Now available in paperback; ISBN 1-56368-140-4
Mary Herring Wright's memoir adds an important dimension to the current literature in that it is a story by and about an African American deaf child. The author recounts her experiences growing up as a deaf person in Iron Mine, North Carolina, from the 1920s through the 1940s. Her story is unique and historically significant because it provides valuable descriptive information about the faculty and staff of the North Carolina school for Black deaf and blind students from the perspective of a student as well as a student teacher. In addition, this engrossing narrative contains details about the curriculum, which included a week-long Black History celebration where students learned about important Blacks such as Madame Walker, Paul Laurence Dunbar, and George Washington Carver. It also describes the physical facilities as well as the changes in those facilities over the years. In addition, Sounds Like Home occurs over a period of time that covers two major events in American history, the Depression and World War II. Wright's account is one of enduring faith, perseverance, and optimism. Her keen observations will serve as a source of inspiration for others who are challenged in their own ways by life's obstacles.
Edmund Booth was born in 1810 and died in 1905, and during the 94 years of his life, he epitomized virtually everything that characterized an American legend of that century. In his prime, Booth stood 6 feet, 3 inches tall, weighed in at 210 pounds, and wore a long, full beard. He taught school in Hartford, CT, then followed his wife-to-be Mary Ann Walworth west to Anamosa, Iowa, where in 1840, he built the area's first frame house. He pulled up stakes nine years later to travel the Overland Trail on his way to join the California Gold Rush. After he returned to Iowa in 1854, he became the editor of the Anamosa Eureka, the local newspaper. Edmund Booth fit perfectly the mold of the ingenious pioneer of 19th-century America, except for one unusual difference -- he was deaf. Edmund Booth: Deaf Pioneer follows the amazing career of this American original and his equally amazing wife in fascinating detail. Author Harry G. Lang vividly portrays Booth and his wife by drawing from a remarkable array of original material. A prolific writer, Booth corresponded with his fiancé from the American School for the Deaf in Hartford, and he kept a journal during his days on the California trail, parts of which have been reproduced here. He also wrote an autobiographical essay when he was 75, and his many newspaper articles through the years bore first-hand witness to the history of his times, from the Civil War to the advent of the 20th century. Edmund Booth depicts a larger-than-life man in larger-than-life times, but perhaps its greatest contribution derives from its narrative about pioneer days as seen through Deaf eyes. Booth became a respected senior statesman of the American Deaf community, and blended with his stories of the era's events are anecdotes and issues vital to Deaf people and their families. His story proves again that extraordinary people vary in many ways, but they often possess a common motive in acting to enhance their own communities.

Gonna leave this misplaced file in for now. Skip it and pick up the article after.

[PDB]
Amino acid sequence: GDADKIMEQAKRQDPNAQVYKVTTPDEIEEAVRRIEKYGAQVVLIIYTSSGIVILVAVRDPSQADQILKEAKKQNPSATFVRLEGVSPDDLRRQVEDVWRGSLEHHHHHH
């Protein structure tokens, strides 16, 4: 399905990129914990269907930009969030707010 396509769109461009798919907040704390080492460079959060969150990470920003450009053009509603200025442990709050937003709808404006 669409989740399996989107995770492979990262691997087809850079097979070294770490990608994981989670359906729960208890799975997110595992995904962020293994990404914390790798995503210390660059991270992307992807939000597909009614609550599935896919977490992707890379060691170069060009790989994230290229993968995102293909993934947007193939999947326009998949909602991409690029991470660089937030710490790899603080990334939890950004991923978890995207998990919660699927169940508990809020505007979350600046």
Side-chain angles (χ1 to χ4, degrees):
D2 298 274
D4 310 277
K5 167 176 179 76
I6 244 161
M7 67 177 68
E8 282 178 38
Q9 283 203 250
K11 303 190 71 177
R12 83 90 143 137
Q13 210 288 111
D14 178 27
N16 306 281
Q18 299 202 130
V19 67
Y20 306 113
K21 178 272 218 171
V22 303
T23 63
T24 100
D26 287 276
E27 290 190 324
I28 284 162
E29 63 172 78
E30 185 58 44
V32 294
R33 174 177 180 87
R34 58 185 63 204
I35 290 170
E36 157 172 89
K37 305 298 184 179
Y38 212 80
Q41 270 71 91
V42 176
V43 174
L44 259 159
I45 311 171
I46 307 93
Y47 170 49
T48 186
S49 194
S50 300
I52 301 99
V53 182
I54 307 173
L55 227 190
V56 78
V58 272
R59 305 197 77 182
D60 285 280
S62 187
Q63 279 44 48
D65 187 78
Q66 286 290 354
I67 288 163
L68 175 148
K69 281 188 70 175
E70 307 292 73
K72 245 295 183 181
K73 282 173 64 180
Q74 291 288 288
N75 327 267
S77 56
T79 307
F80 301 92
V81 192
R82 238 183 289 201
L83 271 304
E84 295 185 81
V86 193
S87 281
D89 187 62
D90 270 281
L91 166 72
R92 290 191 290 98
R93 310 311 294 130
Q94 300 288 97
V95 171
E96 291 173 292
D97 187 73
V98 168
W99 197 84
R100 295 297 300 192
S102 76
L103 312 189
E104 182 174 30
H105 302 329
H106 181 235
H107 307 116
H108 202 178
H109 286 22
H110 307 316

The Sixth Volume in the Deaf Lives Series Robert F. Panara lost his hearing from spinal meningitis in 1931 at the age of ten. However, he could read and write, and with his friends' help, Bob (as he was known), made it through high school. His new solitude created a new passion - reading, reading, and reading. The stage was set for the emergence of one of the great deaf educators in modern time, a life fully captured in Harry G. Lang's Teaching from the Heart and Soul: The Robert F. Panara Story. Bob Panara's many achievements began after his discovery of Gallaudet College in the 1940s. There, he wrote "The Significance of the Reading Problem," which first expressed his belief that teaching "comes from the heart and soul." The article secured him his first job at the New York School for the Deaf in White Plains. Bob returned to teach at Gallaudet College from 1948 until 1965, when he left to help found the National Technical Institute for the Deaf (NTID) and the National Theatre of the Deaf (NTD) -- all in the same year. He continued to expand arts and literature at NTID until his retirement in 1987. Bob Panara's genius resides in the people he inspired with his vivacious teaching style. He believed ardently in involving students, that they should "be the book." Former students tell story after story about his fabulous interpretations of drama and poetry, a legacy confirmed by his own story in Teaching from the Heart and Soul.